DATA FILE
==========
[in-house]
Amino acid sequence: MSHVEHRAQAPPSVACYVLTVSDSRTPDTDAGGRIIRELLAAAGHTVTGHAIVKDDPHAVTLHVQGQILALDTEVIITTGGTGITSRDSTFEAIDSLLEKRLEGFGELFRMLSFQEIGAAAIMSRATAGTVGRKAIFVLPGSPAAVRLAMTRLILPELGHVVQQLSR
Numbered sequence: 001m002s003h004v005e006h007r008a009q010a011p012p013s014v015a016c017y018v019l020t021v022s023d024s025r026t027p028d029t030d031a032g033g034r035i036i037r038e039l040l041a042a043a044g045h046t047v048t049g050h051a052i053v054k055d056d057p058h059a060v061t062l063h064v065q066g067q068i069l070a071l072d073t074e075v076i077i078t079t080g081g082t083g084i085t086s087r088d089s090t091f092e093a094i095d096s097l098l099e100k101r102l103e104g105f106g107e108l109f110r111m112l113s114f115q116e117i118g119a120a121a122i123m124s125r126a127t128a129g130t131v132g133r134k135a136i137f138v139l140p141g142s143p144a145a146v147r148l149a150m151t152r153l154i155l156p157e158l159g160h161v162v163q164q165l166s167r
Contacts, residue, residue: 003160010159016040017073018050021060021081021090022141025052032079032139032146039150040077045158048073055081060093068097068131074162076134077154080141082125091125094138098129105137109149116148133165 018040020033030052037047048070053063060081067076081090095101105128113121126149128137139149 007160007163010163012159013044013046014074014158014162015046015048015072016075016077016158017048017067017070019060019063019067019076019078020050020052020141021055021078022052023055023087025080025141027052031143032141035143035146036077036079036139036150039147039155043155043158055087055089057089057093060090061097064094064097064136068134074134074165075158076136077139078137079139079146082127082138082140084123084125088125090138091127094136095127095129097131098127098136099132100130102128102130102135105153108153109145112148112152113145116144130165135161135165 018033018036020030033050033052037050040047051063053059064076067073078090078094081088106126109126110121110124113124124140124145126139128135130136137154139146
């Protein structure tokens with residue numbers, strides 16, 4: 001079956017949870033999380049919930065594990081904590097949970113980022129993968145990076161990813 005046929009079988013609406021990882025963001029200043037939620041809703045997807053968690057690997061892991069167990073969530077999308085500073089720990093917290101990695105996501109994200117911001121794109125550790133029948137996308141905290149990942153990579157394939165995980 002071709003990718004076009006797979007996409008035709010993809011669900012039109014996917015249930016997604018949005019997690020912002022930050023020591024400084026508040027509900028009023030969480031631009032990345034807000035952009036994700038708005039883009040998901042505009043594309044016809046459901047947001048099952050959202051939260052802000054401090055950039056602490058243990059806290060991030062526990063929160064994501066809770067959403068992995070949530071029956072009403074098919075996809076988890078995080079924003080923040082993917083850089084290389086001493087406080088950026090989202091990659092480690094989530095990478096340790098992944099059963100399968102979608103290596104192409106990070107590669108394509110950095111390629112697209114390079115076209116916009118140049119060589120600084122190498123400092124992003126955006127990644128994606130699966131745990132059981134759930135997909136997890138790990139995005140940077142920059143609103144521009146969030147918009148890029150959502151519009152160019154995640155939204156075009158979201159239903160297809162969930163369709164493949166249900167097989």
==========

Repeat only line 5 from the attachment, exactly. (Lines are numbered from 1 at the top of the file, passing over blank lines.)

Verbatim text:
């Protein structure tokens with residue numbers, strides 16, 4: 001079956017949870033999380049919930065594990081904590097949970113980022129993968145990076161990813 005046929009079988013609406021990882025963001029200043037939620041809703045997807053968690057690997061892991069167990073969530077999308085500073089720990093917290101990695105996501109994200117911001121794109125550790133029948137996308141905290149990942153990579157394939165995980 002071709003990718004076009006797979007996409008035709010993809011669900012039109014996917015249930016997604018949005019997690020912002022930050023020591024400084026508040027509900028009023030969480031631009032990345034807000035952009036994700038708005039883009040998901042505009043594309044016809046459901047947001048099952050959202051939260052802000054401090055950039056602490058243990059806290060991030062526990063929160064994501066809770067959403068992995070949530071029956072009403074098919075996809076988890078995080079924003080923040082993917083850089084290389086001493087406080088950026090989202091990659092480690094989530095990478096340790098992944099059963100399968102979608103290596104192409106990070107590669108394509110950095111390629112697209114390079115076209116916009118140049119060589120600084122190498123400092124992003126955006127990644128994606130699966131745990132059981134759930135997909136997890138790990139995005140940077142920059143609103144521009146969030147918009148890029150959502151519009152160019154995640155939204156075009158979201159239903160297809162969930163369709164493949166249900167097989």